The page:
United States District Court, E.D. Wisconsin
Stadtmueller, U.S. District Judge.
who is currently incarcerated at Dodge Correctional
Institution, filed a pro se complaint under 42
U.S.C. § 1983, alleging that his civil rights were
violated. (Docket #1). This matter comes before the Court on
Plaintiff's motion to proceed in forma pauperis.
(Docket #2). Plaintiff has been assessed and paid an initial
partial filing fee of $15.77. See 28 U.S.C. §
Court is required to screen complaints brought by prisoners
seeking relief against a governmental entity or an officer or
employee of a governmental entity. 28 U.S.C. § 1915A(a).
The Court must dismiss a complaint or portion thereof if the
prisoner has raised claims that are legally “frivolous
or malicious, ” that fail to state a claim upon which
relief may be granted, or that seek monetary relief from a
defendant who is immune from such relief. Id. §
is legally frivolous when it lacks an arguable basis either
in law or in fact. Denton v. Hernandez, 504 U.S. 25,
31 (1992); Neitzke v. Williams, 490 U.S. 319, 325
(1989); Gladney v. Pendelton Corr. Facility, 302
F.3d 773, 774 (7th Cir. 2002). The Court may, therefore,
dismiss a claim as frivolous where it is based on an
indisputably meritless legal theory or where the factual
contentions are clearly baseless. Neitzke, 490 U.S.
at 327; Gladney, 302 F.3d at 774. “Malicious,
” although sometimes treated as a synonym for
“frivolous, ” “is more usefully construed
as intended to harass.” Lindell v. McCallum,
352 F.3d 1107, 1109 (7th Cir. 2003) (citations omitted);
accord Paul v. Marberry, 658 F.3d 702, 705 (7th Cir.
state a cognizable claim under the federal notice pleading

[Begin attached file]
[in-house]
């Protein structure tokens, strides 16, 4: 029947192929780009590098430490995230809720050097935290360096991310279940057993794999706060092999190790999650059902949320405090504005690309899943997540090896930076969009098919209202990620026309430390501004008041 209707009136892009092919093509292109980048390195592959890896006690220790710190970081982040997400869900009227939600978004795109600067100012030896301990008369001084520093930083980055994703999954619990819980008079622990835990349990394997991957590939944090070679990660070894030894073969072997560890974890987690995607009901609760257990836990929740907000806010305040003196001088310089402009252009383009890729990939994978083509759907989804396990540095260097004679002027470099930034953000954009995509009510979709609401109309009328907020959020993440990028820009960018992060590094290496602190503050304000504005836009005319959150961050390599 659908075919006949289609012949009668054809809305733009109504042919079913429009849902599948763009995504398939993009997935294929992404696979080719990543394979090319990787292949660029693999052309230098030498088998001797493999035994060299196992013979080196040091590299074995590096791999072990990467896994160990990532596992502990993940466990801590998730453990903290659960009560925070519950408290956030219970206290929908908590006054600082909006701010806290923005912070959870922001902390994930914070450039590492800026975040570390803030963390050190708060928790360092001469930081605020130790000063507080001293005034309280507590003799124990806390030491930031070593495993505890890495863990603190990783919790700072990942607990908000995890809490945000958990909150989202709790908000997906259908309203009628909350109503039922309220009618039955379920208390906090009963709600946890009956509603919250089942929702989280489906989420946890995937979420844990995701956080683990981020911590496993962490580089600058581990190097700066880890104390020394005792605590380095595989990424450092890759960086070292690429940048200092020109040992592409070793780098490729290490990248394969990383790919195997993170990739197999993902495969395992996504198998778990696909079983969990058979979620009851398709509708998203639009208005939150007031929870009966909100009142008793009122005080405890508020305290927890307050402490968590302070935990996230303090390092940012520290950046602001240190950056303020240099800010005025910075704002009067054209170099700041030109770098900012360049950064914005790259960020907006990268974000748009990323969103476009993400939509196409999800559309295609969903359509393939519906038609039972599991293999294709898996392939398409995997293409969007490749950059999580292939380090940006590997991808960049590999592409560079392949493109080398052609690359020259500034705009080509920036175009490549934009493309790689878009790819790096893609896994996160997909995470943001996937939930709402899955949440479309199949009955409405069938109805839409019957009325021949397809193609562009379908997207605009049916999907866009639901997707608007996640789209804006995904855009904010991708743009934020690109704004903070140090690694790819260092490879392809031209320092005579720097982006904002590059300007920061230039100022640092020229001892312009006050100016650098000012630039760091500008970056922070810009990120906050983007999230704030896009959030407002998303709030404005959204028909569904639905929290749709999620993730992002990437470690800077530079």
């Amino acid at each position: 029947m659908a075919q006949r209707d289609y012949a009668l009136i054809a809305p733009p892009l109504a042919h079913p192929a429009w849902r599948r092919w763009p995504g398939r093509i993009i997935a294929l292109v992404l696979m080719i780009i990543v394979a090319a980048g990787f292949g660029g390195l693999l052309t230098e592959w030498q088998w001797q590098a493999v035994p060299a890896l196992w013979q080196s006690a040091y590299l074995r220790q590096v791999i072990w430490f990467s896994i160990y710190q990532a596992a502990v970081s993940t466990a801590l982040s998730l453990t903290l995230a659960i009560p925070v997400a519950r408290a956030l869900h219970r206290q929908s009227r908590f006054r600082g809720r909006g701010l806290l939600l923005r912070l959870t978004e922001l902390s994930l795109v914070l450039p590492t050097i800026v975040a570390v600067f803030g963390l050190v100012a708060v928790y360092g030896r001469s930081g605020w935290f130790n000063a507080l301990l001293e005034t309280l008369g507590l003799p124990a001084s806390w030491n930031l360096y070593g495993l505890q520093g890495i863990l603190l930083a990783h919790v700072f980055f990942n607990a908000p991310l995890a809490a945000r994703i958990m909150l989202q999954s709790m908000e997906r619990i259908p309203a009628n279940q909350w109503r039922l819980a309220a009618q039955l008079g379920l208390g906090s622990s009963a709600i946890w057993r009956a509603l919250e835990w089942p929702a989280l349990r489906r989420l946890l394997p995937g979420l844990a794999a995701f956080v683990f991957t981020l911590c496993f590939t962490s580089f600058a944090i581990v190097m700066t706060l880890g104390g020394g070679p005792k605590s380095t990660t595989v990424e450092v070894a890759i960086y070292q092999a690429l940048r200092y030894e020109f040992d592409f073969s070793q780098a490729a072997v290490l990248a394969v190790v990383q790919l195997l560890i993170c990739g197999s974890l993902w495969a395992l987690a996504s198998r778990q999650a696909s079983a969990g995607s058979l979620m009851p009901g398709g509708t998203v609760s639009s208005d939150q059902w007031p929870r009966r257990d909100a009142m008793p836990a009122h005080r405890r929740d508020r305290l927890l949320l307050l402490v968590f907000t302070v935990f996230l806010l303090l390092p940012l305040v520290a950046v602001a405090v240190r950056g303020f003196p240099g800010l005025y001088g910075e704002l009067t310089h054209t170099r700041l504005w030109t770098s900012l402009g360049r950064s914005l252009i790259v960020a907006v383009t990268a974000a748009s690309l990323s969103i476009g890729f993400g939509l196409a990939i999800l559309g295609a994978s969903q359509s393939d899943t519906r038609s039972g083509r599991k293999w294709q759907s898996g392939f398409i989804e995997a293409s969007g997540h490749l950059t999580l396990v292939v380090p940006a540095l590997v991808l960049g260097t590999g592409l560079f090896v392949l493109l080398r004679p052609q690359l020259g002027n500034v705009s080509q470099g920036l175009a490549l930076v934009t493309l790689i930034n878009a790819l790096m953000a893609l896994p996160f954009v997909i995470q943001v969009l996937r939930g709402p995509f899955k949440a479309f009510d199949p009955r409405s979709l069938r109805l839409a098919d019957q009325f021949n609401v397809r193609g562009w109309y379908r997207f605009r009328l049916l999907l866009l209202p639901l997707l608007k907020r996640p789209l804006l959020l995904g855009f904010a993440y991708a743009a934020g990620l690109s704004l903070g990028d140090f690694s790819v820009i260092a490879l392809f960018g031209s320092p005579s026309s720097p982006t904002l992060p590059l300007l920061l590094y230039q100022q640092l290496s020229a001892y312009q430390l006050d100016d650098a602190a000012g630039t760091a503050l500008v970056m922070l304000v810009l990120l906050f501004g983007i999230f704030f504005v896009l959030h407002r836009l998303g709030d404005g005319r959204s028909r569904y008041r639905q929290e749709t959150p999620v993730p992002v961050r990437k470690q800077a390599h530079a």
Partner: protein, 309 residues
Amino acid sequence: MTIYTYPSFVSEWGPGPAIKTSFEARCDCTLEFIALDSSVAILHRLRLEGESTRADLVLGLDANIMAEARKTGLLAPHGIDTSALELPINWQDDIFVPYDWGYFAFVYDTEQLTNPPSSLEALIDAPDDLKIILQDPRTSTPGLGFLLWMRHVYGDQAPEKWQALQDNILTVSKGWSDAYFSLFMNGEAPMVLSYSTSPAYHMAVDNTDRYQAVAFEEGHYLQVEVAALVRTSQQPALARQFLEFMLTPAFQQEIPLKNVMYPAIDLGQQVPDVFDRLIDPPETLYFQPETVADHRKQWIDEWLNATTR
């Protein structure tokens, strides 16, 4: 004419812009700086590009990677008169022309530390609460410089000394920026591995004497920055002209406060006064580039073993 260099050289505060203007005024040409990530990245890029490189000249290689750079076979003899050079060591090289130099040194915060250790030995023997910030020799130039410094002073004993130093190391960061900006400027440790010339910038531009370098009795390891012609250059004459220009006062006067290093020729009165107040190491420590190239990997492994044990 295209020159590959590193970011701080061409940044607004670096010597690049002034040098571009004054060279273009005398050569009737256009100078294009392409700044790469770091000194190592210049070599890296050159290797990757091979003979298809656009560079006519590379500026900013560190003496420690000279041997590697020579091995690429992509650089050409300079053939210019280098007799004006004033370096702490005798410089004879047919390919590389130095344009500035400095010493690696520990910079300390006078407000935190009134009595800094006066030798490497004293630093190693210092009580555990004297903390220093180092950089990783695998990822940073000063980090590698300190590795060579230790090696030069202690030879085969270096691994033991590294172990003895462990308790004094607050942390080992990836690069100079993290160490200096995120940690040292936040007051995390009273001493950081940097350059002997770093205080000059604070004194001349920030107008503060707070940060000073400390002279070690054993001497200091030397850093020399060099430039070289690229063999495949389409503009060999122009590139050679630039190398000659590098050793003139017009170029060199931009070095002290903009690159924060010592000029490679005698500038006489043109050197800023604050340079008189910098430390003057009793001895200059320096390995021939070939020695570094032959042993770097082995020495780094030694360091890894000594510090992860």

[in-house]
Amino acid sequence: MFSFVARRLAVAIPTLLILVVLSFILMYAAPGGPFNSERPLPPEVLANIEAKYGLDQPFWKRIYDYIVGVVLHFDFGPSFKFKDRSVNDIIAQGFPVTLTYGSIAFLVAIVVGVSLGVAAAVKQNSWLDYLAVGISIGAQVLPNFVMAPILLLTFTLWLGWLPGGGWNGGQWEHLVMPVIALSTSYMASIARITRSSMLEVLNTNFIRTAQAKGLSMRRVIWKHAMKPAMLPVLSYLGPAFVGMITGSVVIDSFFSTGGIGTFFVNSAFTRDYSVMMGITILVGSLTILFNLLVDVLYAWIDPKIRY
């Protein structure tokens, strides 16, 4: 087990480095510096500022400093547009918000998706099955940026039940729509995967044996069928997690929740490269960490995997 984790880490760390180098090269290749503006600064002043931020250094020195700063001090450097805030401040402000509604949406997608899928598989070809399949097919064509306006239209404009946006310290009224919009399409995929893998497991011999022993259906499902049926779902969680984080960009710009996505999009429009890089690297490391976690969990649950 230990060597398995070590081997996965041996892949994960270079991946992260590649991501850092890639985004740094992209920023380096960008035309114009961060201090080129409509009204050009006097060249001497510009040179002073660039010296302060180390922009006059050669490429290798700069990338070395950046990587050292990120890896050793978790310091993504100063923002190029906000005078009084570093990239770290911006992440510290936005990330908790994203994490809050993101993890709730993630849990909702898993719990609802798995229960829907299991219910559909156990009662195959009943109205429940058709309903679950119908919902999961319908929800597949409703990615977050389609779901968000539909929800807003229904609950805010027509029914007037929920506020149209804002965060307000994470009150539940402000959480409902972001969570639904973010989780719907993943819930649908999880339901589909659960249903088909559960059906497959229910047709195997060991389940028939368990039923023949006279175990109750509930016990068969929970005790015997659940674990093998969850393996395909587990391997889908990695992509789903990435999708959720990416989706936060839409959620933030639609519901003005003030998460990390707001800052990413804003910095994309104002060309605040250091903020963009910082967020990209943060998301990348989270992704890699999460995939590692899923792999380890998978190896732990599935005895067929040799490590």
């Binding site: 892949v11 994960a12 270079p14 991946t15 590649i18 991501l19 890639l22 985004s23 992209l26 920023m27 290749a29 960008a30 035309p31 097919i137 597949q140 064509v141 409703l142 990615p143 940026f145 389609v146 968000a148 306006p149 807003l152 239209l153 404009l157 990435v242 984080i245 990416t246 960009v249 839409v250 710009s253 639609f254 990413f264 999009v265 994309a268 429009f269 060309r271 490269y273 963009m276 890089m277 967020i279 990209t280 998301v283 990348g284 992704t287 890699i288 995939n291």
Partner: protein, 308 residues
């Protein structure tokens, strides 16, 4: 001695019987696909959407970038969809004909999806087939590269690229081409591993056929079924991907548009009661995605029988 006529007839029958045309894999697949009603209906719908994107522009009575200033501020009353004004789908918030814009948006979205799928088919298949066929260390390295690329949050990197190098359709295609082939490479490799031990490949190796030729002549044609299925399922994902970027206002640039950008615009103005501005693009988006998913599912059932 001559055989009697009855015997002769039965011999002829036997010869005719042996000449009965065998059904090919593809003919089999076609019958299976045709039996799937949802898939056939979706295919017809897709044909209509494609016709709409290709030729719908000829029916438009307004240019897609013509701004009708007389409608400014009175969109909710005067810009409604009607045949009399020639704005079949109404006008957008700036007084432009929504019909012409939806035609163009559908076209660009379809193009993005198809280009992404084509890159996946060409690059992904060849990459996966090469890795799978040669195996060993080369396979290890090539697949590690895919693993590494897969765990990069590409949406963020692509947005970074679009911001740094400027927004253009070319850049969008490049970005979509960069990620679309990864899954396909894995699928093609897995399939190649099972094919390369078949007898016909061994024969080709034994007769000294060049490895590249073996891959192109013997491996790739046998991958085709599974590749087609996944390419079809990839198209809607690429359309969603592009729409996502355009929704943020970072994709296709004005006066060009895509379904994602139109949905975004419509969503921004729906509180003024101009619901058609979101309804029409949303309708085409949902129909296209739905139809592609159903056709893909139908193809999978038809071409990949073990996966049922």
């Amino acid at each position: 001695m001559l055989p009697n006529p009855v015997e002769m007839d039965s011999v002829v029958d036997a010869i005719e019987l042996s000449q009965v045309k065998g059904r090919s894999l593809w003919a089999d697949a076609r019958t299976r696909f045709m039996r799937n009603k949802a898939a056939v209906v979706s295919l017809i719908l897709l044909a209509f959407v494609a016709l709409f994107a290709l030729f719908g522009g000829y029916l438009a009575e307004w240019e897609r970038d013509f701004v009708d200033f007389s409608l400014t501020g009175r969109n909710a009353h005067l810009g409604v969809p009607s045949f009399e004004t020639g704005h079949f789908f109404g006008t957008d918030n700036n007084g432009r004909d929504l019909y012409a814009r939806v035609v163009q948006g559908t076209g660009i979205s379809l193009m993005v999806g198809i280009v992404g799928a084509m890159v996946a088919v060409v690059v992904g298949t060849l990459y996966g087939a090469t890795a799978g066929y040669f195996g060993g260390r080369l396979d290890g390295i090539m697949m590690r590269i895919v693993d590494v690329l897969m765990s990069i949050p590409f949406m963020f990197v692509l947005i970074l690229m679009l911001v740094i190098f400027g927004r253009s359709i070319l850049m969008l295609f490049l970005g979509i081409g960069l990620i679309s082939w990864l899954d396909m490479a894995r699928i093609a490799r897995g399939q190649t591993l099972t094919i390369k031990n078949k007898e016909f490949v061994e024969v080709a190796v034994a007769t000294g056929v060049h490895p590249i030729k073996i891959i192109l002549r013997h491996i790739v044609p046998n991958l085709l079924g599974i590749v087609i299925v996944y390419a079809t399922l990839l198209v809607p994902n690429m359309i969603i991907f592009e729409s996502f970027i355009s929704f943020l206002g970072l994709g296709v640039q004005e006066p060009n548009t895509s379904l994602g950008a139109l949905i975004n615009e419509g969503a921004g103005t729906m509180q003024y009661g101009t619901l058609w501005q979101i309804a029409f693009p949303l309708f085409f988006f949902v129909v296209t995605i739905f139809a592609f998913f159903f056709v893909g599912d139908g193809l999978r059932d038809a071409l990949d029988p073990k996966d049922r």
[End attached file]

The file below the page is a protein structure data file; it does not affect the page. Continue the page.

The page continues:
system, the plaintiff is required to provide a “short
and plain statement of the claim showing that [he] is
entitled to relief[.]” Fed.R.Civ.P. 8(a)(2). It is not
necessary for the plaintiff to plead specific facts and his
statement need only “give the defendant fair notice of
what the…claim is and the grounds upon which it
rests.” Bell Atl. Corp. v. Twombly, 550 U.S.
544, 555 (2007) (quoting Conley v. Gibson, 355 U.S.
41, 47 (1957)); see Christopher v. Buss, 384 F.3d
879, 881 (7th Cir. 2004). However, a complaint that offers
“labels and conclusions” or “formulaic
recitation of the elements of a cause of action will not
do.” Ashcroft v. Iqbal, 556 U.S. 662, 678
(2009) (quoting Twombly, 550 U.S. at 555). To state
a claim, a complaint must contain sufficient factual matter,
accepted as true, “that is plausible on its
face.” Id. (quoting Twombly, 550 U.S.
at 570). “A claim has facial plausibility when the
plaintiff pleads factual content that allows the court to
draw the reasonable inference that the defendant is liable
for the misconduct alleged.” Id. (citing
Twombly, 550 U.S. at 556). The complaint's
allegations “must be enough to raise a right to relief
above the speculative level.” Twombly, 550
U.S. at 555 (citation omitted); Christopher, 384
F.3d at 881.
considering whether a complaint states a claim, courts should
follow the principles set forth in Twombly by first,
“identifying pleadings that, because they are no more
than conclusions, are not entitled to the assumption of
truth.” Iqbal, 556 U.S. at 679. Legal
conclusions must be supported by factual allegations.
Id. If there are well-pleaded factual allegations,
the Court must, second, “assume their veracity and then
determine whether they plausibly give rise to an entitlement
to relief.” Id.
state a claim for relief under 42 U.S.C. § 1983, a
plaintiff must allege that: 1) he was deprived of a right
secured by the Constitution or laws of the United States; and
2) the deprivation was visited upon him by a person or
persons acting under color of state law. Buchanan-Moore
v. County of Milwaukee, 570 F.3d 824, 827 (7th Cir.
2009) (citing Kramer v. Vill. of N. Fond du Lac, 384
F.3d 856, 861 (7th Cir. 2004)); see also Gomez v.
Toledo, 446 U.S. 635, 640 (1980). The Court is obliged
to give the plaintiff's pro se allegations,